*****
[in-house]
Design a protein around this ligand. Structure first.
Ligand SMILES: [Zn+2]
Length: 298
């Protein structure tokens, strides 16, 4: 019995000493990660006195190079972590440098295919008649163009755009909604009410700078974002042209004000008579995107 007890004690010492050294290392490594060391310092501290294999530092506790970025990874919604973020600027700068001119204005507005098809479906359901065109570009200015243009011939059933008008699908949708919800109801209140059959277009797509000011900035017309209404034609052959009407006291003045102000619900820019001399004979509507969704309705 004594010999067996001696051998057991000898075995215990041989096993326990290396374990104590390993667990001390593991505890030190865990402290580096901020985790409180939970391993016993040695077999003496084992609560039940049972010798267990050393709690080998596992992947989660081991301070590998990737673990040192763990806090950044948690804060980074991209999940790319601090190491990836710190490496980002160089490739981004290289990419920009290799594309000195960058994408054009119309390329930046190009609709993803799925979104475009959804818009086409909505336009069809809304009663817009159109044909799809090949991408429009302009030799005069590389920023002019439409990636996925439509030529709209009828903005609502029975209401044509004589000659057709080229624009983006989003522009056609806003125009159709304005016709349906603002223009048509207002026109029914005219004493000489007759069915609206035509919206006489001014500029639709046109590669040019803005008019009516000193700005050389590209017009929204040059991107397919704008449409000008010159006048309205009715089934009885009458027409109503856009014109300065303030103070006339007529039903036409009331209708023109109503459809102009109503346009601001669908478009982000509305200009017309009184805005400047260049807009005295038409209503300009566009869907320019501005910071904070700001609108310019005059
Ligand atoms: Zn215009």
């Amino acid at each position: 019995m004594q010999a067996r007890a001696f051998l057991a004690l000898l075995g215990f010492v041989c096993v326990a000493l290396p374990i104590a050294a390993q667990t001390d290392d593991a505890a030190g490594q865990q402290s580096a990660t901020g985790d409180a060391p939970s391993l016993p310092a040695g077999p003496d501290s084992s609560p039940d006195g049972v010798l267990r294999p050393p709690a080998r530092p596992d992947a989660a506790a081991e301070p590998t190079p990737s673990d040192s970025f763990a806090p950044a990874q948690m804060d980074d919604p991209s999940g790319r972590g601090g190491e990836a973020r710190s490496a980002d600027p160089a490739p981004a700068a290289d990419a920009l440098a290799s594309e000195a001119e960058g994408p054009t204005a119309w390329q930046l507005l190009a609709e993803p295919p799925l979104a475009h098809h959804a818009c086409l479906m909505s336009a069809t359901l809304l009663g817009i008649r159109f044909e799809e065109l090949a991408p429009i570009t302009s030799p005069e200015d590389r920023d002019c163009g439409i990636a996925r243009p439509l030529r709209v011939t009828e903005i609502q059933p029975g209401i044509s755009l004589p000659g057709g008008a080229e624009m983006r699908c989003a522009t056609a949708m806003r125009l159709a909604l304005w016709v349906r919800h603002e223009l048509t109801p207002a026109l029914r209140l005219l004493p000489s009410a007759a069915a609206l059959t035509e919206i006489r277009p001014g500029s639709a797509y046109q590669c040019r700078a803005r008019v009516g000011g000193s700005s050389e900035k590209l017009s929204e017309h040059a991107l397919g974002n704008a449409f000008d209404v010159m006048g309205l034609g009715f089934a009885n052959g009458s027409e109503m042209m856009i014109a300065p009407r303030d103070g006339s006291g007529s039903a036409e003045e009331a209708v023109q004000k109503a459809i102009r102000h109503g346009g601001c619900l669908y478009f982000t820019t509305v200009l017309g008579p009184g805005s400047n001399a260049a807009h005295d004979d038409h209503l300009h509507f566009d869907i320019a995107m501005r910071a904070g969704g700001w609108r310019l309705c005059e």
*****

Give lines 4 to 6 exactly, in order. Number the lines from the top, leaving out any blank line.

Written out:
Length: 298
């Protein structure tokens, strides 16, 4: 019995000493990660006195190079972590440098295919008649163009755009909604009410700078974002042209004000008579995107 007890004690010492050294290392490594060391310092501290294999530092506790970025990874919604973020600027700068001119204005507005098809479906359901065109570009200015243009011939059933008008699908949708919800109801209140059959277009797509000011900035017309209404034609052959009407006291003045102000619900820019001399004979509507969704309705 004594010999067996001696051998057991000898075995215990041989096993326990290396374990104590390993667990001390593991505890030190865990402290580096901020985790409180939970391993016993040695077999003496084992609560039940049972010798267990050393709690080998596992992947989660081991301070590998990737673990040192763990806090950044948690804060980074991209999940790319601090190491990836710190490496980002160089490739981004290289990419920009290799594309000195960058994408054009119309390329930046190009609709993803799925979104475009959804818009086409909505336009069809809304009663817009159109044909799809090949991408429009302009030799005069590389920023002019439409990636996925439509030529709209009828903005609502029975209401044509004589000659057709080229624009983006989003522009056609806003125009159709304005016709349906603002223009048509207002026109029914005219004493000489007759069915609206035509919206006489001014500029639709046109590669040019803005008019009516000193700005050389590209017009929204040059991107397919704008449409000008010159006048309205009715089934009885009458027409109503856009014109300065303030103070006339007529039903036409009331209708023109109503459809102009109503346009601001669908478009982000509305200009017309009184805005400047260049807009005295038409209503300009566009869907320019501005910071904070700001609108310019005059
Ligand atoms: Zn215009």